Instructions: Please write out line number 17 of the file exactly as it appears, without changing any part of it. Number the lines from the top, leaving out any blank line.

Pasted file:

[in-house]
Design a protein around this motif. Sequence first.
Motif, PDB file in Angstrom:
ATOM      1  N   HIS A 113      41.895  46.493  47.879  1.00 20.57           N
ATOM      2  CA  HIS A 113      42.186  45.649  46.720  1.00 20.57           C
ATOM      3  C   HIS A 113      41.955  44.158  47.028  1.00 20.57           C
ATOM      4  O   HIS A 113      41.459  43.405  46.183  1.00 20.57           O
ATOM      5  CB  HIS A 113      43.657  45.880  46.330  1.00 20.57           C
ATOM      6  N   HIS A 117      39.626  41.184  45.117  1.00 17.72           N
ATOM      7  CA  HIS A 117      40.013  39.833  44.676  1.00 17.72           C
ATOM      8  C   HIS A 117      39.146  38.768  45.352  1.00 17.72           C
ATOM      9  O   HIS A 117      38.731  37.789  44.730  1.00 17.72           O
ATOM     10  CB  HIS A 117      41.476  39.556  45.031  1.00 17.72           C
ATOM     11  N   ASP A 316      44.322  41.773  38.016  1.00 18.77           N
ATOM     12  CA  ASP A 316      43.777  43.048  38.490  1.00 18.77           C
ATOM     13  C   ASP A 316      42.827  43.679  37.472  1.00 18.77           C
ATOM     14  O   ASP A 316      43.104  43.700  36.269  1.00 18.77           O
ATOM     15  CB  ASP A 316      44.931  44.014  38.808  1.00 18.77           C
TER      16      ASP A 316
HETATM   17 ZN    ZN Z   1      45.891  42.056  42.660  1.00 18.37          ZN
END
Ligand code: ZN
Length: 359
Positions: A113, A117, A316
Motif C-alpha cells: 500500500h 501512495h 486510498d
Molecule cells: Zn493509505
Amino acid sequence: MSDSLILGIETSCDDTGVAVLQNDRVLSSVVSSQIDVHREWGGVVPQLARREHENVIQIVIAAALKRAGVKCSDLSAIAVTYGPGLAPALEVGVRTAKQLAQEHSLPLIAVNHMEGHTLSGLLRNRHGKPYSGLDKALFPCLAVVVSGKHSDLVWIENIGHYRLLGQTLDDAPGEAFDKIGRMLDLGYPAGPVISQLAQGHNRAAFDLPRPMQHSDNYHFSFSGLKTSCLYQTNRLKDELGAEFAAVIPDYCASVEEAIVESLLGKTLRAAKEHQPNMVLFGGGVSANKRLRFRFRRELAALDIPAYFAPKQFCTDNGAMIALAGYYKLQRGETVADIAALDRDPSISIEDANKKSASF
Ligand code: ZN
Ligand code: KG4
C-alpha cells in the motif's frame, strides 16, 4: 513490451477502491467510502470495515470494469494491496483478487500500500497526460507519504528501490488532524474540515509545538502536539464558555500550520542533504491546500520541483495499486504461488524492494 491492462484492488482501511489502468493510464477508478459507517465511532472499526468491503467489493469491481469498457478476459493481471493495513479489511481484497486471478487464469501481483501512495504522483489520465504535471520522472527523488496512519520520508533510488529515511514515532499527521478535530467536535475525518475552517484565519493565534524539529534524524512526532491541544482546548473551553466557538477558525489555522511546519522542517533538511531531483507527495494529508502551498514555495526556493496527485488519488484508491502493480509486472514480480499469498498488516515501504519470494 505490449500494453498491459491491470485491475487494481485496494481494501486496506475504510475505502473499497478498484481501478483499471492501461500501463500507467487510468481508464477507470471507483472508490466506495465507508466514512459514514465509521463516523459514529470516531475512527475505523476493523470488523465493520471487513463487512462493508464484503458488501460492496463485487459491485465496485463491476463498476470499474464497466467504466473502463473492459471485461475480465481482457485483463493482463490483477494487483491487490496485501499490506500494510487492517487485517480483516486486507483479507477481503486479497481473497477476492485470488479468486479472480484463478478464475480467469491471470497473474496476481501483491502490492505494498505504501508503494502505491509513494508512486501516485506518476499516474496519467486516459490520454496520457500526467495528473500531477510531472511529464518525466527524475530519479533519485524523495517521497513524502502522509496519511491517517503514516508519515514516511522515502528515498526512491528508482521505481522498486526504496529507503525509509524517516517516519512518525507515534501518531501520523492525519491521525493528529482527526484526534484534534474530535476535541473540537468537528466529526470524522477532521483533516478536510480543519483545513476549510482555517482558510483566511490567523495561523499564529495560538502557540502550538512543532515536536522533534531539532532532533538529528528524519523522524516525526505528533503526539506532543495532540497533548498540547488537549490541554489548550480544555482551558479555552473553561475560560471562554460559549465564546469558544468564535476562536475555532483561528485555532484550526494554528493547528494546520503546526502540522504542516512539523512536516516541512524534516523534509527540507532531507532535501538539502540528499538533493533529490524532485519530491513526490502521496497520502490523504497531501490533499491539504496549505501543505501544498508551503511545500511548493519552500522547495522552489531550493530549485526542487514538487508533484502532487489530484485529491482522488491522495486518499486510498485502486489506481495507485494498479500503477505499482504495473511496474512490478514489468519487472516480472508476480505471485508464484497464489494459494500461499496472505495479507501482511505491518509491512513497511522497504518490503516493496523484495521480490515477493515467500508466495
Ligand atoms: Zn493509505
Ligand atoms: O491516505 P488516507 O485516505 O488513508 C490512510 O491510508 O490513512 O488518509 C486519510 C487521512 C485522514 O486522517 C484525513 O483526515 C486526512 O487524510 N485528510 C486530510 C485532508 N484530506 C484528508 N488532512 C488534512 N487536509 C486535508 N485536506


ATOM     14  O   ASP A 316      43.104  43.700  36.269  1.00 18.77           O